Rosie Lee Tompkins worked only for Christ and created works of enduring beauty.
Effie Mae Howard (1936-2006) was a recluse from Richmond, California who had a mental breakdown, began making quilts, and showed her work under the pseudonym Rosie Lee Tompkins.
“The reason [the work] makes me feel so good is that I put Christ in the center of it,” Tompkins said and from the photos her quilts—abstract, off-kilter, geometric, saturated with color—were stunning and original pieces of art. On a cross-country trip several years ago, I went hundreds of miles out of my way to see an exhibit of her work at the Shelburne Museum in Vermont.
Why did it seem so important to see the work of a person who had not allowed herself to be photographed, tape-recorded, or quoted; who, according to one review, “was plagued by voices in her head;” who suffered from “the sense that she was being watched”? First, because by all accounts Tompkins’ quilts were sublime.
But also because that we devote ourselves to our work even when we’re in pain matters. That we’re faithful to the call of our hearts even though nobody notices or cares, and we’re not making any money, and the suffering continues, matters.
I, for one, love to think of myself as countercultural, but I’ll tell you what’s countercultural. Anonymity is countercultural. Losing your mind and taking up quilt-making is countercultural. Anything that’s done for the glory of God, not for ourselves, is countercultural. So I would take my little stand. I would drive 200 miles each way to honor the fact that Rosie Lee Tompkins had anonymously threaded her needle, taken thousands of tiny stitches, and made her explosive, crazy, glorious quilts.
The drive took place during a torrential downpour. The rain slashed down so hard, and I was so exhausted from having driven long distances every day for weeks, that I almost turned around. But I kept thinking of Rosie Lee Tompkins and how, from odds and ends of fabric, buttons, rickrack, sequins, and lace, she’d fashioned a whole strange, mystical existence.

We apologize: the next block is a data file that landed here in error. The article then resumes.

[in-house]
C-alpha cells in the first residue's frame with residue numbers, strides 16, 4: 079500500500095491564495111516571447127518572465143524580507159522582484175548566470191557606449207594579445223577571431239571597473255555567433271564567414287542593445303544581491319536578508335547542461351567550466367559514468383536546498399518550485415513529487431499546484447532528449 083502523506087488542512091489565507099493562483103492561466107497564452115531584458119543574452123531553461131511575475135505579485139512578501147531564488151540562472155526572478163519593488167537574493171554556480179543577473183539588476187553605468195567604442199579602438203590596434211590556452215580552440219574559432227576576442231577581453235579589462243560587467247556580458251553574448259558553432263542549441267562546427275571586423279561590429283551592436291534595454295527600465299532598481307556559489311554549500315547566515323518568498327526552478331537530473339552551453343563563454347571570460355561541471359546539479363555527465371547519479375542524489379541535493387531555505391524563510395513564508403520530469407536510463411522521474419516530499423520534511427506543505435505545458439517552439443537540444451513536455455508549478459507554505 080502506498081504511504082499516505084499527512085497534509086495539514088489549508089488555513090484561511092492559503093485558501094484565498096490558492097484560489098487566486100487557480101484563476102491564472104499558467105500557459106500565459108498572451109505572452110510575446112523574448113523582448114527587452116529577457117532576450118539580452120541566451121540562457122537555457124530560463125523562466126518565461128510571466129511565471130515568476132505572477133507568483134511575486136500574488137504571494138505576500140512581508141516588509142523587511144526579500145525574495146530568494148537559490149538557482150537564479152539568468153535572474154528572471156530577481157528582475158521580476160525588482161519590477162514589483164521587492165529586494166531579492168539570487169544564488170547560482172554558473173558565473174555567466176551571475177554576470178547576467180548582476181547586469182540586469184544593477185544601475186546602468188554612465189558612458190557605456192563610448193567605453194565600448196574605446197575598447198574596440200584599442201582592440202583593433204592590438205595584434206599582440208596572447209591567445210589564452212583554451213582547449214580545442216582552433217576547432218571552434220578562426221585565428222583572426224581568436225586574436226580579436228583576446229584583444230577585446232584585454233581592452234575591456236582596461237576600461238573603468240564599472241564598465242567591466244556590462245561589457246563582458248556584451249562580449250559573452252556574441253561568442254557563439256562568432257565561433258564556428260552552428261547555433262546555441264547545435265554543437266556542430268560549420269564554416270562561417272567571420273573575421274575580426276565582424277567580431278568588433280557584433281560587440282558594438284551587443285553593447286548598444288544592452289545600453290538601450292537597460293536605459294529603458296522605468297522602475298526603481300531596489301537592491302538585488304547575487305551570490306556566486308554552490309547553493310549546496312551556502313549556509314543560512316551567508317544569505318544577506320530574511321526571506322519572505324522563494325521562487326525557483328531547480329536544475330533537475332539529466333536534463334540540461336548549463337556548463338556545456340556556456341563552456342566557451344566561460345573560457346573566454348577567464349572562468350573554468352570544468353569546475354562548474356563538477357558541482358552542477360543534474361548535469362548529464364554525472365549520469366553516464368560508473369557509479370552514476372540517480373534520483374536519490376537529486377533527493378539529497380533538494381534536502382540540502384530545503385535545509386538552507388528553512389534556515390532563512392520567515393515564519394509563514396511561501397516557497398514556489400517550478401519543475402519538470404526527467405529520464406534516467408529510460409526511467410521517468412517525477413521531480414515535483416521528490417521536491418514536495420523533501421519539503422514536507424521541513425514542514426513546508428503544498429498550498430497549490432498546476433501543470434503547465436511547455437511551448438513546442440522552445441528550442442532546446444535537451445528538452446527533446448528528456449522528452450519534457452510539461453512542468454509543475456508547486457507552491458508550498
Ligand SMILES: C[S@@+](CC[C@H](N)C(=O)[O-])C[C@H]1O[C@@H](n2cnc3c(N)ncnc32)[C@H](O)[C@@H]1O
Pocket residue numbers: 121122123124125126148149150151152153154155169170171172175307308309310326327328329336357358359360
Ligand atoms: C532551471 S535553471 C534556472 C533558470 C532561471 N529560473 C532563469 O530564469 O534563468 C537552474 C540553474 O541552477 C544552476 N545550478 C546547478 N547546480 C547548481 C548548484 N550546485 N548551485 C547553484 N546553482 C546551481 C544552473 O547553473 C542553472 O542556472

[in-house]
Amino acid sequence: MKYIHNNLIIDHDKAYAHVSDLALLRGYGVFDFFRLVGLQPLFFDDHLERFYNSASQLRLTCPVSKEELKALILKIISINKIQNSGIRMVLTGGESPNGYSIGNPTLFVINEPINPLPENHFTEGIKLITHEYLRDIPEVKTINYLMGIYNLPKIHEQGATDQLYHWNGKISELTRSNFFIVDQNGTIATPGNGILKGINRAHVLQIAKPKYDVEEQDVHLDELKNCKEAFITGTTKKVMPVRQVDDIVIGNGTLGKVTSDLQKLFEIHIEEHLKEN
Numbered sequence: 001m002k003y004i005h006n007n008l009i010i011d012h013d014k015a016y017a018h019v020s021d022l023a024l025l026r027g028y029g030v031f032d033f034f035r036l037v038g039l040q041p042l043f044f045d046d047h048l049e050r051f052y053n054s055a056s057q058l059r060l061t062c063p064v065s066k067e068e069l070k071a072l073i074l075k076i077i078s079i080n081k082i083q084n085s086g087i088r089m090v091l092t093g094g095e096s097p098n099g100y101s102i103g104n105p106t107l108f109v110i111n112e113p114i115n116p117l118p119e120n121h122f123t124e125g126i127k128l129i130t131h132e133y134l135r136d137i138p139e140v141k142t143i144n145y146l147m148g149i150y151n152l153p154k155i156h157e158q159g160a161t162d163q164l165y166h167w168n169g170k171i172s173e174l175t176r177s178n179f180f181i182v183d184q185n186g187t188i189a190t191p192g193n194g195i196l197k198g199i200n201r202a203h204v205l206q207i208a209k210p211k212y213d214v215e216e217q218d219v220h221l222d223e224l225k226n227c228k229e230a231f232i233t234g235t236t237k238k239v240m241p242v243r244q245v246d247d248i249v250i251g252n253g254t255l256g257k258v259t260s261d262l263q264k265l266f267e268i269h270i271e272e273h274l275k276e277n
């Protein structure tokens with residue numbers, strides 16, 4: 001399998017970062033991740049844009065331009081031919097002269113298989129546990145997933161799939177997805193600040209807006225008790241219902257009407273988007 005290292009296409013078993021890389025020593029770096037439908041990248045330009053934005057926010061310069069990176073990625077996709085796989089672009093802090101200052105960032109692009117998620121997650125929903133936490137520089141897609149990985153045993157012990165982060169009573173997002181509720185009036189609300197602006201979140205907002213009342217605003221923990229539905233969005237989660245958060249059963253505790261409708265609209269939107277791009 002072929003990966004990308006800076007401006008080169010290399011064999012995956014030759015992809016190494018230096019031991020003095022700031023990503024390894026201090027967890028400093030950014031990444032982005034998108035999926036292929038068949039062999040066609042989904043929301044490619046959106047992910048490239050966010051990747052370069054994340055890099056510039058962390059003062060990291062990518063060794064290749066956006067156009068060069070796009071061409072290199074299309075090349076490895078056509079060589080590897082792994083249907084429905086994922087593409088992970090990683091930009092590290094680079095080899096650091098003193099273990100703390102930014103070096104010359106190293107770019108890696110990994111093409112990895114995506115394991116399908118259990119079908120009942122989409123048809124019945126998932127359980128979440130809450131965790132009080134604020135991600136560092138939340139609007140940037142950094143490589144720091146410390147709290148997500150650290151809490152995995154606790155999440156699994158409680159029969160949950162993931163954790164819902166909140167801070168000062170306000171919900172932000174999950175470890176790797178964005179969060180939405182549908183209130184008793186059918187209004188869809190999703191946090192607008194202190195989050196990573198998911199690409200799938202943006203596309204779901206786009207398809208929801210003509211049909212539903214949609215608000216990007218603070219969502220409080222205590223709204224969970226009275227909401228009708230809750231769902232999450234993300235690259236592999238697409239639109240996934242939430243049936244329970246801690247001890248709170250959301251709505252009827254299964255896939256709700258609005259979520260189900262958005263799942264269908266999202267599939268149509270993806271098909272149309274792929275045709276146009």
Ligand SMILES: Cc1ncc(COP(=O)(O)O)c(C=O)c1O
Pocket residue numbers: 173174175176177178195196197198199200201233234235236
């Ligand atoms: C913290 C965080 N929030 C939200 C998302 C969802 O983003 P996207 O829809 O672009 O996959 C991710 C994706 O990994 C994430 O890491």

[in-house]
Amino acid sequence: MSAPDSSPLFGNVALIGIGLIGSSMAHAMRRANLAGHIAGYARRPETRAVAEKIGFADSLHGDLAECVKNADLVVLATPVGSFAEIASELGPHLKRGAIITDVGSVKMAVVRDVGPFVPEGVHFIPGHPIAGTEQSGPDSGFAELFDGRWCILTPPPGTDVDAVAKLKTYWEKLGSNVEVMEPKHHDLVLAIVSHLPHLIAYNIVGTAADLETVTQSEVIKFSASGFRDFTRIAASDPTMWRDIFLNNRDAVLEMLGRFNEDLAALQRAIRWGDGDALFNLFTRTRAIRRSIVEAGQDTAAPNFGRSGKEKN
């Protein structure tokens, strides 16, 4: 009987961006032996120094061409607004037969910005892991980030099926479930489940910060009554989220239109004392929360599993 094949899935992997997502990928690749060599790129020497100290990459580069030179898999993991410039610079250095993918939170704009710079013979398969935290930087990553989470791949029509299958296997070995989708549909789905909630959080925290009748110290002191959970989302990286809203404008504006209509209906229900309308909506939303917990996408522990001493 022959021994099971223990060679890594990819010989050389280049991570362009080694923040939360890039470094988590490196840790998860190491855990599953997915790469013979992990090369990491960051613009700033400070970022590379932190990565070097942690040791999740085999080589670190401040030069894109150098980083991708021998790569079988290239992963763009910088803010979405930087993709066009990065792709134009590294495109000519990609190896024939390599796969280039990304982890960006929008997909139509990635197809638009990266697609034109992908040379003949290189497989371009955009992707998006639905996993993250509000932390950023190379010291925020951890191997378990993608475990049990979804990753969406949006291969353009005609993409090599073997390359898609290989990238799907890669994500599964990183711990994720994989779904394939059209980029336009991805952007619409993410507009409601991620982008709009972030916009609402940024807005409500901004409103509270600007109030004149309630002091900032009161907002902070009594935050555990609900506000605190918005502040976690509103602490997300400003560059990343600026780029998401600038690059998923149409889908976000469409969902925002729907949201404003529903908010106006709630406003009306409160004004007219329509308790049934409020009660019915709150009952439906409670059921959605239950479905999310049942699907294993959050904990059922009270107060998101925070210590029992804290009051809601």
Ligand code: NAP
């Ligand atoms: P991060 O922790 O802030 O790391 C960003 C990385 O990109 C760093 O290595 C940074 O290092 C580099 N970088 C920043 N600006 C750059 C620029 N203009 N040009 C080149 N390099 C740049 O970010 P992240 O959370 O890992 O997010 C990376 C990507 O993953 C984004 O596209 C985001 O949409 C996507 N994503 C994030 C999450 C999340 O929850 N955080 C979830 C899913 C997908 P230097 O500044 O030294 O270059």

When I finally arrived, The Shelburne transpired to be situated on 45 acres of grounds and featured, among other things, a Blacksmith Shop, a weaving cottage, and the Vermont Settlers House-Cabin. I bypassed all that and went straight to “Something Pertaining to God: The Patchwork Art of Rosie Lee Tompkins.”
I saw at once that the exhibit had been worth the long drive. The whole trip would have been worthwhile for a single quilt: “Hit and Miss Strip,” a 73” by 112” work consisting of irregularly-sized pieces of black and blood-red velvet—squares, triangles—sewn together in jagged, improvisational blocks and rows. The quilt gave the effect of a cross without actually depicting a cross; an effect of controlled chaos, of a pattern, but one that shifted and morphed. Nothing lined up but the pieces all went together. Barely-contained … Sorrow? Love? Erotic energy? Grief? I’d felt the same way when I first heard Stan Getz’s “People Time”: Richness, complexity, depth, and a ton of pain.
In addition to quilts, the exhibit of Tompkins’ work included table runners, chair cushions, clothing, and a pillow cover of a stained-glass window featuring a blond-haired, blue-eyed Jesus wearing a rosette-studded pink robe. She had eventually covered just about everything in her house with pieces of patchwork, often embroidering on her name, Bible verses, and her birthday—9-6-36.
Her work had been hailed by art critics, featured in museums nationwide, and described as the best “painting” in the 2002 Whitney Biennial, but she had never achieved the tranquility she sought. She came to believe that her phone was tapped. She felt that people were watching and listening, as if she lived in “a glass house.” She draped one whole wall of her bedroom with appliquéd crosses, hoping to ward off the voices, but to no avail. In spite of her torment, she continued to sew: “I think it’s because I love them so much,” Tompkins had speculated, “that God let me see all these different colors.”